Definition of don't in English:

don't

contraction

  • Do not:

    ‘they really don't know what will happen’
    ‘I see a face I don't recognize’
    • ‘You finish watching with the feeling that you don't really need to see the film at all.’
    • ‘What I found during a weekend here is that you really don't want to do anything at all.’
    • ‘I have a lot of work I have to do behind the camera, but I don't want to be in front of it.’
    • ‘I don't know what sort of firework it was or where it came from, but it must have been big.’
    • ‘We believe that there might have been a collision but we don't know how that was caused.’
    • ‘You reflect on how the previous season has gone for a day or two, but you don't dwell on it too much.’
    • ‘The copies that do work are of inferior quality, and many of them don't work in any case.’
    • ‘We don't have a car or a TV and we cycle a lot so we were already viewed as slightly curious.’
    • ‘Needless to say, you can add other vegetables you like or take out any that you don't.’
    • ‘They may claim it is a reflection of today's society but we don't think it is any excuse.’
    • ‘He promises to come all the way into town to chaperone us, so that we don't get lost.’
    • ‘We don't have the strength of squad to take us through a whole season at that level.’
    • ‘How much harder is it to shop for a wedding gown if you don't really know what you are shopping for?’
    • ‘She gets the care she needs and I don't believe she will get the same if she is moved.’
    • ‘You don't know whether the teachers will approve of you or if you will make any friends.’
    • ‘If you don't have chest problems when you go in, you certainly will when you come out.’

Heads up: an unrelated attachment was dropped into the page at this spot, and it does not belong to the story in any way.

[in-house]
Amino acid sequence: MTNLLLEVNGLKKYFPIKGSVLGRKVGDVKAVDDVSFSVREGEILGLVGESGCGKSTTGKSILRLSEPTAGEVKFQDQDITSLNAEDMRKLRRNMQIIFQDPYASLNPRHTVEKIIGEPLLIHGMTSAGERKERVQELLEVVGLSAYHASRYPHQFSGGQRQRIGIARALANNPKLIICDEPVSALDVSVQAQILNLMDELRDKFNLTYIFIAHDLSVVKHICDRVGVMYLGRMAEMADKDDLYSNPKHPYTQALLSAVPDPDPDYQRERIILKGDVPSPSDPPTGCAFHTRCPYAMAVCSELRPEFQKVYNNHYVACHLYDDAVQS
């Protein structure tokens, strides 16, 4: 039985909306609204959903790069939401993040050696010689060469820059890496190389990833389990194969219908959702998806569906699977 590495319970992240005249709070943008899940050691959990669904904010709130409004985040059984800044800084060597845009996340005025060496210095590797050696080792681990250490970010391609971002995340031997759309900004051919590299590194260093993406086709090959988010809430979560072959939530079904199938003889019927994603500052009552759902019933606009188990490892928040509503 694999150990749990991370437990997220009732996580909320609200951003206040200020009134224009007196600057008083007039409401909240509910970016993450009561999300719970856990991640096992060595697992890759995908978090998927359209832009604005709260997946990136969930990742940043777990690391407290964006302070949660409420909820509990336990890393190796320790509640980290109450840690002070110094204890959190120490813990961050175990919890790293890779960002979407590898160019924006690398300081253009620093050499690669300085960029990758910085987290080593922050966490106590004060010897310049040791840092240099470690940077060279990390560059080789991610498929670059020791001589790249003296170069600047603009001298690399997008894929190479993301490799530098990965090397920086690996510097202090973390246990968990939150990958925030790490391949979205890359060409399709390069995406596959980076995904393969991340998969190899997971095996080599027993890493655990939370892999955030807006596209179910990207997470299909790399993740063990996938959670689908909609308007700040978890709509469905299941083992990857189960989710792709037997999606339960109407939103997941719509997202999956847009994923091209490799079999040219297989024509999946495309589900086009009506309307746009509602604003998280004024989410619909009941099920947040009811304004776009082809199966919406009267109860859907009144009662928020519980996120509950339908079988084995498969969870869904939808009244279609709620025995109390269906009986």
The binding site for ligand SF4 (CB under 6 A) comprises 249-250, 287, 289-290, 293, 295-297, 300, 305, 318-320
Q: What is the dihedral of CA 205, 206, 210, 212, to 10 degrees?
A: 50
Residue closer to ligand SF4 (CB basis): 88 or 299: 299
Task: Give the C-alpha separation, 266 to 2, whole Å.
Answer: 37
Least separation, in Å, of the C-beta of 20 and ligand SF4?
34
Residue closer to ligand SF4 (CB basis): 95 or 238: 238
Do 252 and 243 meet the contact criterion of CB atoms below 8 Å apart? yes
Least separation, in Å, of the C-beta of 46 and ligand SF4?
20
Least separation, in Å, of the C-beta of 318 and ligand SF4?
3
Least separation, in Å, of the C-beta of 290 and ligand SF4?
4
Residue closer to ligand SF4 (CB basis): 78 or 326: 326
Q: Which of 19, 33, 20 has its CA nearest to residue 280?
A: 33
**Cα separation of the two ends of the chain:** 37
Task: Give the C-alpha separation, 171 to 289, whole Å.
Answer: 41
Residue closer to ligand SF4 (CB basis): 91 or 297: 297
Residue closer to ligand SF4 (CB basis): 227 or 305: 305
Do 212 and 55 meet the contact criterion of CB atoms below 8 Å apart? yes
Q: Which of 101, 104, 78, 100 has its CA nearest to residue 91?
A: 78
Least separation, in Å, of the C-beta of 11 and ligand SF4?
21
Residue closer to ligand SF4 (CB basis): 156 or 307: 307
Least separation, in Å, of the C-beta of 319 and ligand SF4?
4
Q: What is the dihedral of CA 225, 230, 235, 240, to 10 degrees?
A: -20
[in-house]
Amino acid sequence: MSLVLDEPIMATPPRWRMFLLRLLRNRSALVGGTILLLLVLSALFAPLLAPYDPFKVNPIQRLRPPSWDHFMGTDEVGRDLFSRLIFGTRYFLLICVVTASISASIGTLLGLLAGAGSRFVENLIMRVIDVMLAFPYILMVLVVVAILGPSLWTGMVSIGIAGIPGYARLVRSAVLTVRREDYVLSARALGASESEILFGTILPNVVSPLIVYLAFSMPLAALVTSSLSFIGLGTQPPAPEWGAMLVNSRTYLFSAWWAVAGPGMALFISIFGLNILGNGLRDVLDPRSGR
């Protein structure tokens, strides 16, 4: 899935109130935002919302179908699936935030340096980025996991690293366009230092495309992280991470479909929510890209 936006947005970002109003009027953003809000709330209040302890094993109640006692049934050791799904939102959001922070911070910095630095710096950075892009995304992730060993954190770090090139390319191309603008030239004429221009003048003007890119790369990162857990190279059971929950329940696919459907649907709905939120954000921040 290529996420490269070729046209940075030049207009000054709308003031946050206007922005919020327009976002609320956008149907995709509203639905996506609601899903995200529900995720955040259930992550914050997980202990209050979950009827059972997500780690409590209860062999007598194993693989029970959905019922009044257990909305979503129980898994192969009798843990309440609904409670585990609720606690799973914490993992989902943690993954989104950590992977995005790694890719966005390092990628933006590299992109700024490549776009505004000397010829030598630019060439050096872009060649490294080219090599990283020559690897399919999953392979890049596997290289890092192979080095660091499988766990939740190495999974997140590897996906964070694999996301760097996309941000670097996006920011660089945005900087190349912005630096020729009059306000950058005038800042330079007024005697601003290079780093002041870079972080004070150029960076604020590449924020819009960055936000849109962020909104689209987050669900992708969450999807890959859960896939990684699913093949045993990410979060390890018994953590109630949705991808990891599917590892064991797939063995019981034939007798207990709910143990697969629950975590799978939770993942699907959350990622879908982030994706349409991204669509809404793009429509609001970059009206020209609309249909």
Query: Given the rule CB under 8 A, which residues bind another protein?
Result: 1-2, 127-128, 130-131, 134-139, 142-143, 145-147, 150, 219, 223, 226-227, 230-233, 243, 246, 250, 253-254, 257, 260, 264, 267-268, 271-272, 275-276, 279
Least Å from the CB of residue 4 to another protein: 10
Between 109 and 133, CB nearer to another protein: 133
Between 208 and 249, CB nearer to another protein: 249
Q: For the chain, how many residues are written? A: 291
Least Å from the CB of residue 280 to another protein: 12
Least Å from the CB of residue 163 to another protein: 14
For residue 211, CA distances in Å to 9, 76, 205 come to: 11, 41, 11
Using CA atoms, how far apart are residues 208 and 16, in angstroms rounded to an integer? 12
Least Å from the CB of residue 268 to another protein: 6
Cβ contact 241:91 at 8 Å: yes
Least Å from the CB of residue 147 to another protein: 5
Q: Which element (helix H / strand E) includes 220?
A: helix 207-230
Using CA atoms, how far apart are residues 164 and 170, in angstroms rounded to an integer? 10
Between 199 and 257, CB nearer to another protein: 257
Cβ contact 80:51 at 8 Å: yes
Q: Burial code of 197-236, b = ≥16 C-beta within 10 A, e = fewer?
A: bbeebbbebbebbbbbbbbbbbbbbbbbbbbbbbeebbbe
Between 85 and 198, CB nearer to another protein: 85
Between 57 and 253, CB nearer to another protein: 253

• ‘Some of them are not going to be happy when they don't get a place and it's going to be a challenge for me.’
    • ‘If you don't like how you work or what you do, it's absolutely up to you to change it.’
    • ‘I don't think I have ever read a book in which a sense of dread is so cleverly built up.’
    • ‘Those who have not been so frugal and don't have the money in the bank are well subsidised.’

Usage

Don't is a contraction of do not. It is often used informally, especially in speech, as the equivalent of does not—as in, for example, she don't drink tea—but this is not standard English and should be avoided in writing

Phrases

  • dos and don'ts

    • Rules of behaviour:

      ‘I have no knowledge of the political dos and don'ts’
      • ‘As part of this programme, hostel cooks were taught the dos and don'ts of purchasing vegetables, serving food, preserving food and raw material.’
      • ‘It's as easy to take a good picture as it is to take a bad one, if the photographer is aware of a few basic dos and don'ts.’
      • ‘We are given some dos and don'ts that must be followed over the coming weeks’
      • ‘Here are some dos and don'ts once you land in the U.S.’
      • ‘Rattled by this experience and not knowing what he had done to offend, our visitor asked me for some guidance on the dos and don'ts of the local culture.’
      • ‘They see religion as a mere list of dos and don'ts, and little else.’
      • ‘However, we are happy to explain the dos and don'ts to anybody who wants guidance.’
      • ‘What's more, there are some quite complicated rituals governing the dos and don'ts of everyday interaction.’
      • ‘I'd say I've become more confident and learnt the dos and don'ts of the industry.’
      • ‘There are a few dos and don'ts when it comes to preparing and cooking sprouts.’

Pronunciation

don't

/dəʊnt/